Monday, February 26, 2007

The Gossip

Beth Ditto might have been voted NME's Icon of 2006, but right now she and the rest of her band are SERIOUSLY PISSING ME OFF. It is a full 52 minutes since the last band left the stage. In that time The Gossip's roadies have successfully managed to set up one drum kit and a couple of guitars, tape down three set lists, to the point where even they haven't been able to find anything else to fanny about with for the last 30 minutes - and we all know how much roadies love to fanny about before a band gets onstage.

Then, now that 52 minutes have passed, the two members of the band who are not Beth appear and spend five minutes fartarsing with their gear before La Ditto deigns to appear, wearing a black bin liner over an electric blue catsuit. And the annoying thing about all this is that, despite yourself, you find yourself liking the damn woman. Yes, she might take heinous liberties with her audience (there's another 5 minute hiatus later when she decides to change out of said catsuit) and yes, her band are somewhat repetitive, having only two types of song, but she herself is rather sweet in a somewhat spiky sort of way. Which means that every time she pisses you off, she goes and does something endearing, like slagging off NME for making her Icon of 2006 yet not daring to put her on the cover, or simply wandering on stage with her top on inside out. It's like she knows she's annoying, but she defies you to do anything about it.

On the other hand, any band is only as good as the music they produce - ask any Libertines fan if they are fed up with the shambolic gigs and shite records and guess what answer you'll get? - and the fact is that The Gossip are far from impressive. The outstanding "Standing In The Way Of Control" apart, there really is nothing of note in this gig. Every other song sounds like SITWOC and the ones that don't sound like album plodder "Yr Wasted Heart". Ditto's voice is very one dimensional, all power with no depth or emotion, whilst the other band members - Blane and Hannah to their friends - are ordinary at best. Which is a shame, because if they could match their lead singer's talent for manipulating an audience, there would be much more to Gossip about.

Bonde Do Role

Where, on a Saturday night, are you going to find Whitney Houston's "Wanna Dance With Somebody" nestling side by side with "Summer Nights" from Grease and some obscure AC/DC? Other, that is, in my little sister's record collection. If you know the answer, either you have already seen the latest in the line of daft Brazilians, or my dad wants a word with you.

Bonde Do Role are a three piece rap act, featuring one skinny guy who looks like a refugee from Linkin Park, one tiny girl who clearly failed the audition for CSS but loves Lovefoxxx none the less, and the chubbiest DJ this side of Chris Moyles. Fortunately, they make light of these handicaps to bounce, bump and grind their way into the hearts of the Astoria audience. No-one seems to care that none of their songs are more than two minutes long. No-one cares that MC Pedro spends more time posing than he does rapping, or that DJ Gorky ate all the pies, or that Marina can't see a mic stand without trying to hump it; if the strange set of samples has the crowd confused at the start, mixing contemporary latino rhythms with 80s pop and a whole lot of rock, by the end they are lapping up every last note. With a wisdom that belies their years, Bonde Do Role exit a full 15 minutes before their scheduled finish time and leave the Astoria braying for more.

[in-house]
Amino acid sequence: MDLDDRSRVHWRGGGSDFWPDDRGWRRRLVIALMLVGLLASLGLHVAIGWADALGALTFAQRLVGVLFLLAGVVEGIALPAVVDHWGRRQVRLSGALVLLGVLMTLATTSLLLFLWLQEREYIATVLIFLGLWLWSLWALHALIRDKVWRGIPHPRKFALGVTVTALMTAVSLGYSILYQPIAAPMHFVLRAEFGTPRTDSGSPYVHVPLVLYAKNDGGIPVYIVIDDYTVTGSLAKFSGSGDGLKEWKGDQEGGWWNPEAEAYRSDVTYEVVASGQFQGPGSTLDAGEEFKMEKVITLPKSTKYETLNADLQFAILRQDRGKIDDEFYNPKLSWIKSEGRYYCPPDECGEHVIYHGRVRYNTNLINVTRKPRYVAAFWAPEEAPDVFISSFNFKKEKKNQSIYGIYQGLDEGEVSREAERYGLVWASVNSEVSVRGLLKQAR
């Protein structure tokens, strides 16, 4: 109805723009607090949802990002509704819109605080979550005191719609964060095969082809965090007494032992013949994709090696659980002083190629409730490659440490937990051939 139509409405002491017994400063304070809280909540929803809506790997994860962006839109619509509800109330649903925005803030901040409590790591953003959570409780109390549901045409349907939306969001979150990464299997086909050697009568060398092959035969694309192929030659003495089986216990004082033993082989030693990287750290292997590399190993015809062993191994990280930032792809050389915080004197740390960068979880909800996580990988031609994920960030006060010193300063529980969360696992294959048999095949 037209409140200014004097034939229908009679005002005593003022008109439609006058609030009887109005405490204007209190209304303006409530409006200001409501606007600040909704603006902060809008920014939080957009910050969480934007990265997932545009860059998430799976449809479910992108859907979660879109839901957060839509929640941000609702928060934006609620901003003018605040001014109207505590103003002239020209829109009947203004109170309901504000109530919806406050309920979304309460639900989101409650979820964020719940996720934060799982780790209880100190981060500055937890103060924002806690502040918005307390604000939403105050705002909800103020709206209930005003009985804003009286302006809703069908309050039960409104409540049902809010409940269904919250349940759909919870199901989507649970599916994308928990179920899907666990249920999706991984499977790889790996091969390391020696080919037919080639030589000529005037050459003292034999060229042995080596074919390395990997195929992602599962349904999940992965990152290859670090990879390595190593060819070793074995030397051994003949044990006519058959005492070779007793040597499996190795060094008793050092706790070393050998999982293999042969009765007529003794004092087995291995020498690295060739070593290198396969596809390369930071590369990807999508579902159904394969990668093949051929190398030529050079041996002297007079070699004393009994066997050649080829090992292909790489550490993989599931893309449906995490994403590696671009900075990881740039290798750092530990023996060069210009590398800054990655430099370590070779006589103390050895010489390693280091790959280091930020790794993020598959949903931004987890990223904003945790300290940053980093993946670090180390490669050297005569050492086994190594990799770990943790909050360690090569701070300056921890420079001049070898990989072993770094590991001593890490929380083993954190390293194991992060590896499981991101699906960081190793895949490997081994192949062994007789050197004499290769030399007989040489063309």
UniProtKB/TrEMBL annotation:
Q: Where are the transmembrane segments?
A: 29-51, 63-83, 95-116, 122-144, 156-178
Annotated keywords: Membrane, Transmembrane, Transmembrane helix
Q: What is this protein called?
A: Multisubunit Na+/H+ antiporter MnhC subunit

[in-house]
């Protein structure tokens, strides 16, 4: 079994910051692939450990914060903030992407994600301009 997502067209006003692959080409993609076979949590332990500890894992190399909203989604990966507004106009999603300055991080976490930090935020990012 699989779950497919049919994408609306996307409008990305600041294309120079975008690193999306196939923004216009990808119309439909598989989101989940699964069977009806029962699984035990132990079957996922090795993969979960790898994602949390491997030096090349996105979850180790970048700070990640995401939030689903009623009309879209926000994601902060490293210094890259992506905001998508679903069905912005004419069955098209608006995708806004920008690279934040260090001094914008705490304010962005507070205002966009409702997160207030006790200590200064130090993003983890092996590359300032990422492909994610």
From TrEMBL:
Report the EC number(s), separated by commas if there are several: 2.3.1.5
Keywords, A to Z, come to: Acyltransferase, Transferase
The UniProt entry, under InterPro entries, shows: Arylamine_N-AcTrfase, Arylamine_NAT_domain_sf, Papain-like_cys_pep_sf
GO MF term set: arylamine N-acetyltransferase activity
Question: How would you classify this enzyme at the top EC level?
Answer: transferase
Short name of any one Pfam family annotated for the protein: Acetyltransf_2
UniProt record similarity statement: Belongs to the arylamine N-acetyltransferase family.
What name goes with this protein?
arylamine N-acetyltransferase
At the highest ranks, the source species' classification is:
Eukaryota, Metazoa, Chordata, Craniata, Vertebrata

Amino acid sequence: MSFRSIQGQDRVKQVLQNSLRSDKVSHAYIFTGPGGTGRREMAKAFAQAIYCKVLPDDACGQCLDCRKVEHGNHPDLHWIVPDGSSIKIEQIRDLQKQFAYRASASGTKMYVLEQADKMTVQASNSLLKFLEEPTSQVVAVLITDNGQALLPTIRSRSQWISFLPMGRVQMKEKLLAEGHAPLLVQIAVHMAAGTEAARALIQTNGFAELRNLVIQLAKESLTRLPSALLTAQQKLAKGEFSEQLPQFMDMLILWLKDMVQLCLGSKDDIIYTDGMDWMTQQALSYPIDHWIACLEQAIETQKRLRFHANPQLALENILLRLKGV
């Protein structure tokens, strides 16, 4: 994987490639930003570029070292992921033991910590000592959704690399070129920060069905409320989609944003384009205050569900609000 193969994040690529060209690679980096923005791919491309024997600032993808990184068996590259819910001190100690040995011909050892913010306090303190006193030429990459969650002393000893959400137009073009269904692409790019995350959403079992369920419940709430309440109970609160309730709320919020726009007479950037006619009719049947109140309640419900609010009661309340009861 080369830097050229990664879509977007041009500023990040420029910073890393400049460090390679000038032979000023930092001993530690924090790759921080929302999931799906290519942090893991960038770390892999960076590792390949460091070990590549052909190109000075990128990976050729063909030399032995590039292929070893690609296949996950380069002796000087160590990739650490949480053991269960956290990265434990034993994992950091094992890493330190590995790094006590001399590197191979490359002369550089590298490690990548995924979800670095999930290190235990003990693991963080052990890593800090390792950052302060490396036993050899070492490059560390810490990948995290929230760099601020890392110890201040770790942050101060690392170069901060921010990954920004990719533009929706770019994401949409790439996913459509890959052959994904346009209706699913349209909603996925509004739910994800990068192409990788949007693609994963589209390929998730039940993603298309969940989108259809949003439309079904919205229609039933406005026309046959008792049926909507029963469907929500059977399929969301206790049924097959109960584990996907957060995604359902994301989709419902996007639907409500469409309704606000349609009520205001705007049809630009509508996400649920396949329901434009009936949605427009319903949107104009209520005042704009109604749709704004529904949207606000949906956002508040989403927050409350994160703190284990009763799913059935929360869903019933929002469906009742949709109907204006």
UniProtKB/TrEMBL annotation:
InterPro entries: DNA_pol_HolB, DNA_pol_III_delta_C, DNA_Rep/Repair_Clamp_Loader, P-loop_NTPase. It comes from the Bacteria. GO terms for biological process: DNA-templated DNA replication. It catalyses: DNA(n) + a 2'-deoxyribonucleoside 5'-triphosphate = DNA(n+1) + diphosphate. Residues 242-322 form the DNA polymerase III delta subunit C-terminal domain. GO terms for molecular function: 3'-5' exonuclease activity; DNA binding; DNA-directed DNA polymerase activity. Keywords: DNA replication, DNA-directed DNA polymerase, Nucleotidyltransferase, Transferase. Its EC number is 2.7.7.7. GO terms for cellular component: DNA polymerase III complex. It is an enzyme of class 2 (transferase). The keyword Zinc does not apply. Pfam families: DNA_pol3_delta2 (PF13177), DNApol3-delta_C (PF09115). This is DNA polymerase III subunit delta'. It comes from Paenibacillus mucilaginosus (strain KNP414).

Saturday, February 24, 2007

The Holloways

There is something indefinably right about seeing the Holloways in a venue like Koko. The faded elegance of the place and the somewhat run down surroundings are a perfect mirror for the band's artfully constructed look of studied scruffiness. All of which is well appreciated by a crowd who are more than willing to forgoe the commercialism of Valentine's Day just to worship at the feet of Alfie & Co.

Before they can do this, they have to endure another utterly pointless appearance by the 1990s, who perform with all the vim and vigour of someone filling in their tax return. Even their few decent songs - basically, 'You're Supposed To Be My Friend' and 'Cult Status' - fail to raise the crowd from their torpor, whilst set closer 'Situation' just degenerates into five minutes of fretwanking (which seems like it goes on for a lifetime).

The contrast with the headliners could hardly be greater. From the opening 'So This Is Great Britain' to the climactic rendition of 'Fuck Ups' which closes the evening, we get enthusiasm, energy and an all-embracing joie de vivre that has the crowd jumping throughout. Indeed, rarely can a gig have had so many stage divers, or a security team so tolerant of them.

If the majority of the stage divers are male, it is probably because the females are transfixed by Alfie Jackson. Whilst only the laziest of writers would describe him as the group's frontman - the role is ill-defined in a band where any one of the three guitarists could be singing lead at any time - it is clear that he is the focus of most of the ladies' attention as he hops, skips and jumps his skinny torso around the stage. More importantly, if the band did not have some decent tunes then they simply wouldn't get this reaction, and despite having only one album's worth of material to choose from they certainly do not disappoint. Sounding like the illegitimate offspring of The Pogues and the Fratellis (but looking a damn sight better than you might expect such children to look) they jig their way through 'Two Left Feet', turn 'Fit For A Fortnight' into pure power pop, give us some cod ska with 'Generator' and throw in the punk thrash of old favourite 'London Town'. Older and more experienced the 1990s might be, but they still have a hell of a long way to go before they will put on a show this good.